Painting the Wall

I am back in Ramallah and just spoke to Mahmoud Abu Hashhash at the A. M. Qattan Foundation, a Palestinian arts organization. I wanted to pick up on a conversation Mahmoud and I started the last time I was in Palestine in 2007 about art and the Wall.

Mahmoud told me that many foreign artists come to Palestine and want to create art with the Wall. Many of them are politically motivated, and want to be in the sort of ‘heated place’ that inspires them artistically. He suggests, however, that only a few of the artists seem to be fully engaged in the conflict, and they forget that everything that the Wall represents – seperation, racism, oppression – all existed before the Wall was built. Mahmoud himself has never been allowed to travel to Jerusalem, for example, regardless if the Wall was there or not. What the wall has become, especially for foreign artists, is an encapsulation of the entire conflict. It is the conflict cast in concrete. A solid, tangible manifestation of an otherwise amorphous and multi-hued struggle.

Mahmoud compares the Wall to the weekly demonstrations that occur in villages like Jayyous. Like the Wall itself, these actions condense the entire conflict into a few hours of marching, slogans, tear gas and stones. For foreigners wanting to demonstrate solidarity with the Palestinian cause, the Wall and the protests against it provide a convenient outlet. Mahmoud does not mean to belittle the artists and other Internationals that come to express solidarity. Far from it. The Palestinians are grateful for the solidarity and welcome the Internationals into their midst. But the focus on the Wall or on weekly demonstrations can be a rather narrow one.

I asked Mahmoud why Palestinian artists do not seem interested in creating ‘Wall Art.’ The first answer was a simple one: painting the Wall is trendy, and artists do not like to follow trends. But he had another, more compelling answer. Contemporary Palestinian artists seek to free themselves from the patriotic symbols that have occupied Palestinian political art for decades. Artists are not portraying national ideas and collective pain anymore. Instead they are looking inward and describing the situation through their own inner space. Gone are the old symbols. Instead artists are ‘talking’ about disappointment and personal loss. Mahmoud told me that in the wake of the destruction in Gaza, artists there are not talking about grand ideas of loss. They are not waving flags, Instead they are writing about their own homes, their own studios, what has been damaged and what has been destroyed. It is through this intimacy that they express a more general pain.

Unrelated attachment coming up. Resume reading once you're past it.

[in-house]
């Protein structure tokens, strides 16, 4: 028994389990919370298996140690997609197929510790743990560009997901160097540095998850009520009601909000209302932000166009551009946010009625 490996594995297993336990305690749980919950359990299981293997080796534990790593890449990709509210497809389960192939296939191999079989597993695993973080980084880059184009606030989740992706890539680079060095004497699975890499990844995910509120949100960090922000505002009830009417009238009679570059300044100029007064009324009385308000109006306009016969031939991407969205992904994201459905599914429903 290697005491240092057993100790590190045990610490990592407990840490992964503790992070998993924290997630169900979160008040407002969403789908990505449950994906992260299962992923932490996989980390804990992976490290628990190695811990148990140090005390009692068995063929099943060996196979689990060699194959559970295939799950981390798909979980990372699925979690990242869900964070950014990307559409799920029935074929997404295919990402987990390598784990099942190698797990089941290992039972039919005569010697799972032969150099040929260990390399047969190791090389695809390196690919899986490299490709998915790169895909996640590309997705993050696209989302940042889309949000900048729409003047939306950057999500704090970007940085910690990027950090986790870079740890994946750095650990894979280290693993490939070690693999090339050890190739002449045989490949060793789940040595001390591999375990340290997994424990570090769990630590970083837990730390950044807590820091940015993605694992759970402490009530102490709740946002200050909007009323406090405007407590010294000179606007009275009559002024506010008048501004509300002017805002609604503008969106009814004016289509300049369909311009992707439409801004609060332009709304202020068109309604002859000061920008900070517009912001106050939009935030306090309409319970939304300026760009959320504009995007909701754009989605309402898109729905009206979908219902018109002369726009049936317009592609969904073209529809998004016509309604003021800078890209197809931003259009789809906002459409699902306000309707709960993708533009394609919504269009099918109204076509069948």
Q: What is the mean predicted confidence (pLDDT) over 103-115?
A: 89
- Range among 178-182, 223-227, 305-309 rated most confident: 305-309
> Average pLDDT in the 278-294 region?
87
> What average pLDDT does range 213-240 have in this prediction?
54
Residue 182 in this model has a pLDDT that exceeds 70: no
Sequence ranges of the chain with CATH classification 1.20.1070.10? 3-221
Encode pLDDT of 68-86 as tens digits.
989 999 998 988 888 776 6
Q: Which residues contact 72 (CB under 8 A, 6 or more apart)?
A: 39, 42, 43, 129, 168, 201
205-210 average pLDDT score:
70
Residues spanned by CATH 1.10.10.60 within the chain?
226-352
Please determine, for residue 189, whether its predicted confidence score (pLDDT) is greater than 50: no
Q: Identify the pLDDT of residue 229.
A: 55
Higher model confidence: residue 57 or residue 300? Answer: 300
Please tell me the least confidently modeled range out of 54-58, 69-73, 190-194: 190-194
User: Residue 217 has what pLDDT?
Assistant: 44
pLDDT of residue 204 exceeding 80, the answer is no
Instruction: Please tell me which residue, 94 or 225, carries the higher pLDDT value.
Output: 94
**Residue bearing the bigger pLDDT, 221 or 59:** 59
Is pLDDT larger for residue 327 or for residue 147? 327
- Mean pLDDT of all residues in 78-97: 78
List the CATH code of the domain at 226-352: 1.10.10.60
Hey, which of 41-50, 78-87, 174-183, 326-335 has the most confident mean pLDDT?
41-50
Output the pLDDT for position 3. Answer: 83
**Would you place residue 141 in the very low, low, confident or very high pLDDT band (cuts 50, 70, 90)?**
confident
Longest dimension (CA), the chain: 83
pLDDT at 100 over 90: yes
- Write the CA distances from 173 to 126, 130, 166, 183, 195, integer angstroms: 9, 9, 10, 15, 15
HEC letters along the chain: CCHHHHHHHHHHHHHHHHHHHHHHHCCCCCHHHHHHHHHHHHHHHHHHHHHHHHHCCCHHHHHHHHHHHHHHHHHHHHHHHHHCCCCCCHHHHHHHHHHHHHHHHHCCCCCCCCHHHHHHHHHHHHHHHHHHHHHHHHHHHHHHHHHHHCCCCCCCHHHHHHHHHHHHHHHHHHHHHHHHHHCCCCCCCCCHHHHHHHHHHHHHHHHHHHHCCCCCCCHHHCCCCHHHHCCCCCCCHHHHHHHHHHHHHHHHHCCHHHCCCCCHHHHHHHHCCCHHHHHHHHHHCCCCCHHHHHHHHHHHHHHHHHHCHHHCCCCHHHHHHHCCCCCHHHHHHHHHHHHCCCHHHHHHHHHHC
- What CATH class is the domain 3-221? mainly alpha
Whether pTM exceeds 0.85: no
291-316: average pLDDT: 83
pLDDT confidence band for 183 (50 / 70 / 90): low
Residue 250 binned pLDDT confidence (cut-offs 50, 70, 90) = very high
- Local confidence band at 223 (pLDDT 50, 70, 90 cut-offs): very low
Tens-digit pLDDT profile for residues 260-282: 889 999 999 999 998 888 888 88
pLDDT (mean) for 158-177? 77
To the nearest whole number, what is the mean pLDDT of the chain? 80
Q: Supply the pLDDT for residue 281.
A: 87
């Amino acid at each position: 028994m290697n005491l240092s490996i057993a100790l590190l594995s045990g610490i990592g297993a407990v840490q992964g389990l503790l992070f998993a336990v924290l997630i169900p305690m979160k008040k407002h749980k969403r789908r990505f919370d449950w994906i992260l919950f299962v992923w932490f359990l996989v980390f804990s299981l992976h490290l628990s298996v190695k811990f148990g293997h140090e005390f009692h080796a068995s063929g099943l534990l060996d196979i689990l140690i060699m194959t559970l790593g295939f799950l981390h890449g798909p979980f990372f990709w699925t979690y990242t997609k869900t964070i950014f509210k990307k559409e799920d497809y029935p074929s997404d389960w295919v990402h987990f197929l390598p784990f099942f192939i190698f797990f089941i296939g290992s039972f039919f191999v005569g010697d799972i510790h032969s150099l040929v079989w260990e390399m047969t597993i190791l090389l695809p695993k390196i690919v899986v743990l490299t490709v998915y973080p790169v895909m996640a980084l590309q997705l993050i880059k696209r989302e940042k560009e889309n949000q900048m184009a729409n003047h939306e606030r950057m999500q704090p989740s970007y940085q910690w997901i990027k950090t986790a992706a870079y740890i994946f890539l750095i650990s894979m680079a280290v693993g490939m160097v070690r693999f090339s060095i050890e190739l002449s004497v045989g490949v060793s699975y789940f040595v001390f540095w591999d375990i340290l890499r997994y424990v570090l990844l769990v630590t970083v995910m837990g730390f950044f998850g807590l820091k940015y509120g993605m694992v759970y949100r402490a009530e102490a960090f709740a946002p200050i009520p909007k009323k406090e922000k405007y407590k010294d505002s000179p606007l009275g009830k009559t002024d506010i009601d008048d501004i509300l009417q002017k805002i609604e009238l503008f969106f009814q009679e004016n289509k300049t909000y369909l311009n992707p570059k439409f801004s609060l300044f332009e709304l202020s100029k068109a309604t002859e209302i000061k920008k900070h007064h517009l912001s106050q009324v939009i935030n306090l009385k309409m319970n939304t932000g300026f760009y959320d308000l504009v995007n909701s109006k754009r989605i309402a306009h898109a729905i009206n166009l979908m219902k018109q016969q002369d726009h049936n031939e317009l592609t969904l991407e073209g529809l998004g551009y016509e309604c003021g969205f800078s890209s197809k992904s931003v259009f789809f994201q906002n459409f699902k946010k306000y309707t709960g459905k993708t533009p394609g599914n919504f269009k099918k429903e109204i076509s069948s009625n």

Artists in Palestine have internalized the Occupation and are creating art from within themselves. For this new generation of Palestinian artists, the Wall is simply too broad a canvas. It is too public and too blunt.

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